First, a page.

Objectives: Over the past decade, some publications have reported that Immunoscore was associated with the prognosis of several cancers. To better understand this issue, we conducted this pooled analysis.
Methods: We systematically searched PubMed, Embase, Web of Science, and the Cochrane Library from their inceptions to 15 May 2019 to identify relevant articles. The pooled hazard ratio (HR) and 95% confidence interval (CI) was estimated for overall survival, disease-free survival, and disease-specific survival.
Results: A total of 26 cohort studies with 10,328 patients involving eight cancer specialties were evaluated mainly by the consensus Immunoscore. The pooled analysis indicated that a lower Immunoscore was associated with a poor overall survival (HR 2.23, 95% CI 1.58, 2.70), disease-free survival (HR 2.40, 95% CI 1.96, 2.49), and disease-specific survival (HR 2.81, 95% CI 2.10, 3.77) for all cancers. The same convincing results were found in colorectal cancer, gastric cancer, and non-small cell lung cancer (especially the consensus Immunoscore for colon cancer). In five other types of cancer the results were similar, but the sample sizes were limited.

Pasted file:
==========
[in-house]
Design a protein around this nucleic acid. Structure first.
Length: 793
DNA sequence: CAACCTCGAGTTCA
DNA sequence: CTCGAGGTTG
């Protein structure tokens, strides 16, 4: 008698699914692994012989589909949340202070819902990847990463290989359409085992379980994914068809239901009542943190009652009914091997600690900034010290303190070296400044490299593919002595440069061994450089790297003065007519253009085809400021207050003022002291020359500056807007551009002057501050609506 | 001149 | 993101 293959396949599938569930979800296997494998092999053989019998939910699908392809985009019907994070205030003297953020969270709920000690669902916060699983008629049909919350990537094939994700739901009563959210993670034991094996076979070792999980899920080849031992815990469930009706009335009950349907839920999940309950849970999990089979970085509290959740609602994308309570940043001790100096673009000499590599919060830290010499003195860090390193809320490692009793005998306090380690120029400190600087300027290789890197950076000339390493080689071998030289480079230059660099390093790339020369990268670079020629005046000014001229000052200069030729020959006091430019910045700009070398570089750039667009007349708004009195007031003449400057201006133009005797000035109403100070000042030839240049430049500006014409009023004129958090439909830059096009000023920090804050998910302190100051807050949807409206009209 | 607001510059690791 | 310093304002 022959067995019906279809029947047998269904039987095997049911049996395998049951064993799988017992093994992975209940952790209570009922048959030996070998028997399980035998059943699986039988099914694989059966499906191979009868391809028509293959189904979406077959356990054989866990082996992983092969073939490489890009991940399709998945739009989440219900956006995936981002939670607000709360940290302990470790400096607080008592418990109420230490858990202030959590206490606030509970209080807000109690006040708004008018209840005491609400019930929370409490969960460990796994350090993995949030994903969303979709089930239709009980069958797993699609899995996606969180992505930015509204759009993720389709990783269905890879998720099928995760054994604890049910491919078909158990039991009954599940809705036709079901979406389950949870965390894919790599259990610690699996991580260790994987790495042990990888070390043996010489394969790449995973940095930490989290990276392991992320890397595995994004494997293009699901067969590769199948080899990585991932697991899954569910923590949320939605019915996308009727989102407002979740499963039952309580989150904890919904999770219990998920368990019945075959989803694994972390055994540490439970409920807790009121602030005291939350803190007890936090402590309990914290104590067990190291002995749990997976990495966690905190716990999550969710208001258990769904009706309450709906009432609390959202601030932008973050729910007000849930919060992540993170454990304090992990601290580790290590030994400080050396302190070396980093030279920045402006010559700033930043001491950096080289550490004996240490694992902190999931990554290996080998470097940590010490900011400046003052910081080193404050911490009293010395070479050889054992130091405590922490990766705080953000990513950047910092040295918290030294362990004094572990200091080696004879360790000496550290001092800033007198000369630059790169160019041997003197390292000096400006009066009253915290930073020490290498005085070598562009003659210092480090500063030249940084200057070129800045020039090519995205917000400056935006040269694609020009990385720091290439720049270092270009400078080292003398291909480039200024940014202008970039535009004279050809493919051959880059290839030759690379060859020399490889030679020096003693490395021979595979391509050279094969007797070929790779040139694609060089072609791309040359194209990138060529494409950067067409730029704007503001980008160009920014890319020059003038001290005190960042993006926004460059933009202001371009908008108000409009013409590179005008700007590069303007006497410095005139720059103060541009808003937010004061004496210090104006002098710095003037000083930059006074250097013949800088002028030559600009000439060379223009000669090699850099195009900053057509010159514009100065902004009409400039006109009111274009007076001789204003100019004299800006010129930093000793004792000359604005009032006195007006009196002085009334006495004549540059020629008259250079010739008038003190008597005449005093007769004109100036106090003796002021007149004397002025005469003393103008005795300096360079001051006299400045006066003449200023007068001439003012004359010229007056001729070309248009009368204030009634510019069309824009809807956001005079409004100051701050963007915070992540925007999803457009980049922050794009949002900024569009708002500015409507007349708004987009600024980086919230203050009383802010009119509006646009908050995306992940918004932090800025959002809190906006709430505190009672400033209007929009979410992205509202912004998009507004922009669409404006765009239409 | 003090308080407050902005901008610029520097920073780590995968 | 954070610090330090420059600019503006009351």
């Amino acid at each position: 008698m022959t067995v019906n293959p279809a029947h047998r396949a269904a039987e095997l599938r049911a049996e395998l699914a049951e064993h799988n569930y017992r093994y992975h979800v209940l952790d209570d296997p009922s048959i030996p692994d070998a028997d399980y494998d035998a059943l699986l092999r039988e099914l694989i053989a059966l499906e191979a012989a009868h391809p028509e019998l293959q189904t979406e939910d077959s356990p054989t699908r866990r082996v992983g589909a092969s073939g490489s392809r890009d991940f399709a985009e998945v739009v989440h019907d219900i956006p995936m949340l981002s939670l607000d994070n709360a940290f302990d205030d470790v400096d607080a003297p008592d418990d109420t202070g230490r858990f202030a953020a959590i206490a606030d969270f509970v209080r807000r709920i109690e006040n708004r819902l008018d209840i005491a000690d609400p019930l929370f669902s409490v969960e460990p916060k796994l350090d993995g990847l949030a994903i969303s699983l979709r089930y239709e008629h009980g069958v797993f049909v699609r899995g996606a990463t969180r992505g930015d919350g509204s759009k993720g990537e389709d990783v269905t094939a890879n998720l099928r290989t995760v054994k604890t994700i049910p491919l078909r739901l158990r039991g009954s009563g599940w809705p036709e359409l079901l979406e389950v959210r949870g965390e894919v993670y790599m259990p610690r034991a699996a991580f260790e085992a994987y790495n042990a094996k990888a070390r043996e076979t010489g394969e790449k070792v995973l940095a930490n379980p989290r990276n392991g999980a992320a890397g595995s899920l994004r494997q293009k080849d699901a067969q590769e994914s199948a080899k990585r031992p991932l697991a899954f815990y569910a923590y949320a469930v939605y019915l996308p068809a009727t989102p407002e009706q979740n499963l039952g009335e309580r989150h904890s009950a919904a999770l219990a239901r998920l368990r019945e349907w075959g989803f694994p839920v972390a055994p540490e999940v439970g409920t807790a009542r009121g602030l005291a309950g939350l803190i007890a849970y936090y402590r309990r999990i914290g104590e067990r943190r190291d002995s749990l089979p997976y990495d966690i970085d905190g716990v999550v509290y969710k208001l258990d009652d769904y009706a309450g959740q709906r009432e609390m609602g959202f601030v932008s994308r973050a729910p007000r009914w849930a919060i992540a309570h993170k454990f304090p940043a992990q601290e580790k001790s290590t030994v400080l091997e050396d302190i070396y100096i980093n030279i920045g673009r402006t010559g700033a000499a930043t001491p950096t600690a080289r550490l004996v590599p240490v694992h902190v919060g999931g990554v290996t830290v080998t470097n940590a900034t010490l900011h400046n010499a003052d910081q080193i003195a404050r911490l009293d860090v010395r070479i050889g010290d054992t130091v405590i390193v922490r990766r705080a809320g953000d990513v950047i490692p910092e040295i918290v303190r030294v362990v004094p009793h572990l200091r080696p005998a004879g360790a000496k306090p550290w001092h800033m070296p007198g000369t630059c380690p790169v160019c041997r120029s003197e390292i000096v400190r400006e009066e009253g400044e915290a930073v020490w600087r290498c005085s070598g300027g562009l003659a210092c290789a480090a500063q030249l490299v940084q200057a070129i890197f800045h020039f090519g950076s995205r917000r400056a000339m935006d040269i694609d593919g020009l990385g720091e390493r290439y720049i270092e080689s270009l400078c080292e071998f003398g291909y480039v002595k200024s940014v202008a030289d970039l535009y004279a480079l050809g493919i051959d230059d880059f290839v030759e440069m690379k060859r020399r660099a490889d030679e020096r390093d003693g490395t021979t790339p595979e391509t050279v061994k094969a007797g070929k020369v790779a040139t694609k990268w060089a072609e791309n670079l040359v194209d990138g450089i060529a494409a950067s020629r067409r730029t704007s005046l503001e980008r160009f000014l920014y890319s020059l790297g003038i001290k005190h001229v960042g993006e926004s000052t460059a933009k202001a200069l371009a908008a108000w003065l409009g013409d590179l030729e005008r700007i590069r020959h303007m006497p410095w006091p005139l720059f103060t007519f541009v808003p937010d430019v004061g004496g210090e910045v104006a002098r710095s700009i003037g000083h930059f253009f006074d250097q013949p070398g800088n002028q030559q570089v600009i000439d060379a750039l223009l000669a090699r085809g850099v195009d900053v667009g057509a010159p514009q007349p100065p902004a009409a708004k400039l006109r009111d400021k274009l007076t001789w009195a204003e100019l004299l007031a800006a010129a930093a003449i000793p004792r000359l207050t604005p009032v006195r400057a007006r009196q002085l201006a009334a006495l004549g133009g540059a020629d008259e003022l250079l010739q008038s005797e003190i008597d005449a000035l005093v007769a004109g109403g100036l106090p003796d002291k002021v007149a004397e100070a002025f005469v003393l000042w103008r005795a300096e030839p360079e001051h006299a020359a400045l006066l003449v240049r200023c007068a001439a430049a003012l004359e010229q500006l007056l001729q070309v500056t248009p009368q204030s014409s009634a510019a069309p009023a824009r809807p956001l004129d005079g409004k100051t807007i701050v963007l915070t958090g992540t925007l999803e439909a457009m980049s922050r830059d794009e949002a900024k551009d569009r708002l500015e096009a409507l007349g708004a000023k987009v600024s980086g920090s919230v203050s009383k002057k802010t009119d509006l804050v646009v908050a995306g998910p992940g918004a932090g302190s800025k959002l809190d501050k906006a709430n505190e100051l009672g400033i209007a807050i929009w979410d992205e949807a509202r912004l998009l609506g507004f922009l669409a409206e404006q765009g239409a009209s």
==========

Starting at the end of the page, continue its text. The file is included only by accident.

Conclusions: These findings support that Immunoscore is significantly associated with the prognosis of patients with cancer. It provides a reliable estimate of the risk of recurrence in patients with colon cancer. However, more high-quality studies are necessary to assess the prognostic value of Immunoscore in non-colon cancers.
Keywords: Immunoscore; cancer; pooled analysis; prognosis.